Film Co-Review: Deep Blue Sea 3

Ben: Nearly two decades after Deep Blue Sea first released, fans of the super smart shark horror film – like Lauren and I – were happily surprised when Syfy announced a sequel. It was… Not great. Now, in the year of our Lord 2020, a third Deep Blue Sea has just dropped on VOD. Is the trilogy capper (I’m honestly in shock that we have a Deep Blue Sea trilogy now) a dumb fun adventure like the original, or just dumb like Deep Blue Sea 2? Read on to see what Lauren and I think.

Lauren: I’m just gonna say it: Deep Blue Sea 3 is not a great movie. For starters, the plot is unsurprisingly stupid. That alone won’t sink a film when it comes to this genre or franchise, but the fact that I was constantly asking some version of “why the Hell did they do that?” was becoming a bit of a distracting problem as the characters continued to prove that maybe it’s not that the sharks are getting smarter – sharks that can recognize what a mine is and that a weapon being pointed at another as a threat, but not that a tracking beacon is not their mom, mind you – so much as that humans are getting dumber. Secondly, there are maybe three likeable characters in the film, and that’s only if you add two characters who deserved far more screen time than they were given together (one being Sally the great white shark, the other being Nandi, whose actress, Avumile Qongqo, isn’t even currently listed on the IMDb page even though she has far more lines than the upper half of another actor who did make the cut). Suffice it to say, about half way through the movie I was ready to start this writeup with “welp, Deep Blue Sea 3 is pretty forgettable, but at least it isn’t the soaking wet sewage fire that is Deep Blue Sea 2?”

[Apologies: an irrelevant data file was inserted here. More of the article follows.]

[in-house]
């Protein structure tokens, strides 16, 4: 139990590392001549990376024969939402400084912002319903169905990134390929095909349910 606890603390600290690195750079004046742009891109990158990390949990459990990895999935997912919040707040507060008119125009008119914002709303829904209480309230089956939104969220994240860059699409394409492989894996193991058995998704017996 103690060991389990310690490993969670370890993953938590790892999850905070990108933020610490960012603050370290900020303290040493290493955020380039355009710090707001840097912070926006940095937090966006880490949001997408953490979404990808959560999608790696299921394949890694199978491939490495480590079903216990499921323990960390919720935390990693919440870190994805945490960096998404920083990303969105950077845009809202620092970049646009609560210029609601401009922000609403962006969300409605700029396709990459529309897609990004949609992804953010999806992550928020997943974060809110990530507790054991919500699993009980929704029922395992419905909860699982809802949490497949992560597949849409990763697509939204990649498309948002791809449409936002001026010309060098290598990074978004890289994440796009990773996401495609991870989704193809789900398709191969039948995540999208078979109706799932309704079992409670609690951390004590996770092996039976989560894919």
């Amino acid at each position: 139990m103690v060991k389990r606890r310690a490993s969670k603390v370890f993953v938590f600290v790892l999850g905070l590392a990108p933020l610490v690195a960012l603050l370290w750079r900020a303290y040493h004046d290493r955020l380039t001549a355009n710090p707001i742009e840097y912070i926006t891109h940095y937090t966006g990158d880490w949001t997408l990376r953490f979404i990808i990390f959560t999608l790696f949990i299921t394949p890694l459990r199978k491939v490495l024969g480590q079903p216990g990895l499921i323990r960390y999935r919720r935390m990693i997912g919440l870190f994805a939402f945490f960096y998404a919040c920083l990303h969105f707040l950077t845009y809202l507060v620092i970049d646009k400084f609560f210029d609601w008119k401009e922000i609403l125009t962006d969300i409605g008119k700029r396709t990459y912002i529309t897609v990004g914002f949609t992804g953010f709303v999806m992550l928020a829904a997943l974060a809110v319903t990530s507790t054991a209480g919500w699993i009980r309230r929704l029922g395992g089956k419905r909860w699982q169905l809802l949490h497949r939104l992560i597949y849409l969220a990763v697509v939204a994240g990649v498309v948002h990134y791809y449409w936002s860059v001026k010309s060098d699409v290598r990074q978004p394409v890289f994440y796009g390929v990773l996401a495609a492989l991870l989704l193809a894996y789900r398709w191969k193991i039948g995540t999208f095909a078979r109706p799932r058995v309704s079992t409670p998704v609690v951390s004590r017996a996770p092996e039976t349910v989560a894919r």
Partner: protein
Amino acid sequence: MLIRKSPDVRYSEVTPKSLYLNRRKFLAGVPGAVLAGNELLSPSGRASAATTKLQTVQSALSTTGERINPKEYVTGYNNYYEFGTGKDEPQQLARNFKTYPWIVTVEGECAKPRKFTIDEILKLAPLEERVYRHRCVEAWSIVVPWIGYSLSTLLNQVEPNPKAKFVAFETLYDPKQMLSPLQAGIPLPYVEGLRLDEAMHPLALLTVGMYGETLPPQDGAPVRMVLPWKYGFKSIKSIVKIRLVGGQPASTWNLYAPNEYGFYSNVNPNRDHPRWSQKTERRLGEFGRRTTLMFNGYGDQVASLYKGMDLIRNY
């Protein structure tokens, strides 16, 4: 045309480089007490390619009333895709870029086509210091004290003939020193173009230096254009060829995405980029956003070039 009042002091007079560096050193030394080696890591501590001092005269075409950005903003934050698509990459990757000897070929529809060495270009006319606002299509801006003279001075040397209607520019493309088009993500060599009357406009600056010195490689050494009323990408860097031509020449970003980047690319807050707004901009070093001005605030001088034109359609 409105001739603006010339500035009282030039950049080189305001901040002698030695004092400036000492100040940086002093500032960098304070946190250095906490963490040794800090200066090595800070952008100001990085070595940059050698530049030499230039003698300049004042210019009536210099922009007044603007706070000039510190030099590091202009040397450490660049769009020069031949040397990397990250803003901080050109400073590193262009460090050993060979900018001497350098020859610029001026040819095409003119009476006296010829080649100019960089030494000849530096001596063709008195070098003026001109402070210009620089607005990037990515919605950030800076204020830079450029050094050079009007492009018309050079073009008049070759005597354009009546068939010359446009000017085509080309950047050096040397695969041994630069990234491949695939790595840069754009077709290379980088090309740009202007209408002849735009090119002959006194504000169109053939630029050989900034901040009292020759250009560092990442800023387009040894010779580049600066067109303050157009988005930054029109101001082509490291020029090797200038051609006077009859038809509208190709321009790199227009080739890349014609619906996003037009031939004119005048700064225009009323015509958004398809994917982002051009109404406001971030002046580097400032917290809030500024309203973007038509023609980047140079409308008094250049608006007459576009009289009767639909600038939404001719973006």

But then the second half happened; and JFC, once the sharks start hitting the fan the movie becomes pretty much everything I wanted and more. And when I say more, I mean jaw dropped guffaws of flabbergasting more.

Ben: I definitely agree with you on the movie’s the back half, Lauren. Once it builds up its momentum, Deep Blue Sea 3 turns into a wonderfully cheesy and surprisingly hilarious action-horror romp that had me gasping or laughing quite often. There are a handful of deaths throughout Deep Blue Sea 3 that are almost as great as the original’s best (which is one of my all-time favorites) and the action surrounding those untimely demises is solidly entertaining too. I honestly couldn’t believe how over the top this movie was getting as I watched it, and how much fun I was having. Even as I write this, just remembering the sheer insanity of it all puts yet another smile on my face.

Now, while I would also agree that the characters are less than solid and guilty of making a whole bunch of decisions that no half-rational person would (like swimming directly behind a machine that’s churning out seal chum) I’m not completely with you on the first half. Throughout its entire runtime, Deep Blue Sea 3 carries itself with a certain level of self-awareness that makes it tolerable, and often enjoyable at times. In my opinion, it’s horror shlock done right. I feel like director John Pogue and writer Dirk Blackman saw all the egregious missteps of Deep Blue Sea 2 (unbearable characters, horrifyingly bad dialogue, and minimal use of sharks), made a conscious effort to appease fans of the franchise, and succeeded. I’m not saying it’s a masterpiece or anything, but it’s far more entertaining than I expected it to be.